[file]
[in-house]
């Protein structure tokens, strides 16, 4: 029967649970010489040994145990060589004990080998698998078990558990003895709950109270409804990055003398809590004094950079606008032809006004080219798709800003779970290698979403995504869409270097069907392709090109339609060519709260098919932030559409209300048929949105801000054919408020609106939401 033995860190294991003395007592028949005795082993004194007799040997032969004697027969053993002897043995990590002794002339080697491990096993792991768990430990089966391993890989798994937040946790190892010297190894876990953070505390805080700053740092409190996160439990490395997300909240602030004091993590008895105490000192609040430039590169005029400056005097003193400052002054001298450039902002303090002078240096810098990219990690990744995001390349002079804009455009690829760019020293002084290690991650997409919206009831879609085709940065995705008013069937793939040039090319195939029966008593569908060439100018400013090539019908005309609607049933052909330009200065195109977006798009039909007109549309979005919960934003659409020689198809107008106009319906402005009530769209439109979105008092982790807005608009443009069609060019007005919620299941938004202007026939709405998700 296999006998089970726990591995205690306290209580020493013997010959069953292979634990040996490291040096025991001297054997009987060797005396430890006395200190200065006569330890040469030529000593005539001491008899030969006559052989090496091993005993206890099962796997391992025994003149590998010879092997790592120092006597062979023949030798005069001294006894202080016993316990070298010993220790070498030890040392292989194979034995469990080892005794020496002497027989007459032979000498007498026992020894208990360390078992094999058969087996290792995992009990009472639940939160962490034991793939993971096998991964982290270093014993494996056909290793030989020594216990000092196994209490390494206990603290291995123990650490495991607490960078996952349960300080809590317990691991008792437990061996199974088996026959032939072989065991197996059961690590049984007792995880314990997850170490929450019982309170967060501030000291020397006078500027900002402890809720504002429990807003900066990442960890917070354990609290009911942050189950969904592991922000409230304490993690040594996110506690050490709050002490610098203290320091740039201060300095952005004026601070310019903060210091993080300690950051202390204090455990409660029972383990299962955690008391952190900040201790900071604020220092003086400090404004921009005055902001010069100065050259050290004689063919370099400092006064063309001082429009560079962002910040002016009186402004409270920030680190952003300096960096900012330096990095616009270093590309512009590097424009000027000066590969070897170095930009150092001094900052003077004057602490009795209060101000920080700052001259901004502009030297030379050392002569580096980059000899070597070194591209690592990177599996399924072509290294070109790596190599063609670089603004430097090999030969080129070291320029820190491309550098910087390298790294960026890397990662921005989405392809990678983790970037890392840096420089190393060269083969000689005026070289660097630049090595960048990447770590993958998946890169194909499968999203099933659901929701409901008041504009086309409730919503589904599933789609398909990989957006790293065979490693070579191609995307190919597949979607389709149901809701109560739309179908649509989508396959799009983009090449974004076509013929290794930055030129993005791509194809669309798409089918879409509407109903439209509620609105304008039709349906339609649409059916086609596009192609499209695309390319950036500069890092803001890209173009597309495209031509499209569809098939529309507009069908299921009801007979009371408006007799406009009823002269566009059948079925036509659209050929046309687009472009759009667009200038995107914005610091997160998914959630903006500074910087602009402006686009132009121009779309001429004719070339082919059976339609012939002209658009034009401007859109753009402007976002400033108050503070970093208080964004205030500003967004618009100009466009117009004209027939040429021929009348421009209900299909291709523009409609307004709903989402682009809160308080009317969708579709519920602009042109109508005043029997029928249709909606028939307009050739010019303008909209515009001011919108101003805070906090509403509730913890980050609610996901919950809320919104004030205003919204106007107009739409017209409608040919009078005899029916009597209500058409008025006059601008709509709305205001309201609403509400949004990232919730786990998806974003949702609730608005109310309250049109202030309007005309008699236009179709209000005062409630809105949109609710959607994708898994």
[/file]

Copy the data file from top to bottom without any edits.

[in-house]
């Protein structure tokens, strides 16, 4: 029967649970010489040994145990060589004990080998698998078990558990003895709950109270409804990055003398809590004094950079606008032809006004080219798709800003779970290698979403995504869409270097069907392709090109339609060519709260098919932030559409209300048929949105801000054919408020609106939401 033995860190294991003395007592028949005795082993004194007799040997032969004697027969053993002897043995990590002794002339080697491990096993792991768990430990089966391993890989798994937040946790190892010297190894876990953070505390805080700053740092409190996160439990490395997300909240602030004091993590008895105490000192609040430039590169005029400056005097003193400052002054001298450039902002303090002078240096810098990219990690990744995001390349002079804009455009690829760019020293002084290690991650997409919206009831879609085709940065995705008013069937793939040039090319195939029966008593569908060439100018400013090539019908005309609607049933052909330009200065195109977006798009039909007109549309979005919960934003659409020689198809107008106009319906402005009530769209439109979105008092982790807005608009443009069609060019007005919620299941938004202007026939709405998700 296999006998089970726990591995205690306290209580020493013997010959069953292979634990040996490291040096025991001297054997009987060797005396430890006395200190200065006569330890040469030529000593005539001491008899030969006559052989090496091993005993206890099962796997391992025994003149590998010879092997790592120092006597062979023949030798005069001294006894202080016993316990070298010993220790070498030890040392292989194979034995469990080892005794020496002497027989007459032979000498007498026992020894208990360390078992094999058969087996290792995992009990009472639940939160962490034991793939993971096998991964982290270093014993494996056909290793030989020594216990000092196994209490390494206990603290291995123990650490495991607490960078996952349960300080809590317990691991008792437990061996199974088996026959032939072989065991197996059961690590049984007792995880314990997850170490929450019982309170967060501030000291020397006078500027900002402890809720504002429990807003900066990442960890917070354990609290009911942050189950969904592991922000409230304490993690040594996110506690050490709050002490610098203290320091740039201060300095952005004026601070310019903060210091993080300690950051202390204090455990409660029972383990299962955690008391952190900040201790900071604020220092003086400090404004921009005055902001010069100065050259050290004689063919370099400092006064063309001082429009560079962002910040002016009186402004409270920030680190952003300096960096900012330096990095616009270093590309512009590097424009000027000066590969070897170095930009150092001094900052003077004057602490009795209060101000920080700052001259901004502009030297030379050392002569580096980059000899070597070194591209690592990177599996399924072509290294070109790596190599063609670089603004430097090999030969080129070291320029820190491309550098910087390298790294960026890397990662921005989405392809990678983790970037890392840096420089190393060269083969000689005026070289660097630049090595960048990447770590993958998946890169194909499968999203099933659901929701409901008041504009086309409730919503589904599933789609398909990989957006790293065979490693070579191609995307190919597949979607389709149901809701109560739309179908649509989508396959799009983009090449974004076509013929290794930055030129993005791509194809669309798409089918879409509407109903439209509620609105304008039709349906339609649409059916086609596009192609499209695309390319950036500069890092803001890209173009597309495209031509499209569809098939529309507009069908299921009801007979009371408006007799406009009823002269566009059948079925036509659209050929046309687009472009759009667009200038995107914005610091997160998914959630903006500074910087602009402006686009132009121009779309001429004719070339082919059976339609012939002209658009034009401007859109753009402007976002400033108050503070970093208080964004205030500003967004618009100009466009117009004209027939040429021929009348421009209900299909291709523009409609307004709903989402682009809160308080009317969708579709519920602009042109109508005043029997029928249709909606028939307009050739010019303008909209515009001011919108101003805070906090509403509730913890980050609610996901919950809320919104004030205003919204106007107009739409017209409608040919009078005899029916009597209500058409008025006059601008709509709305205001309201609403509400949004990232919730786990998806974003949702609730608005109310309250049109202030309007005309008699236009179709209000005062409630809105949109609710959607994708898994």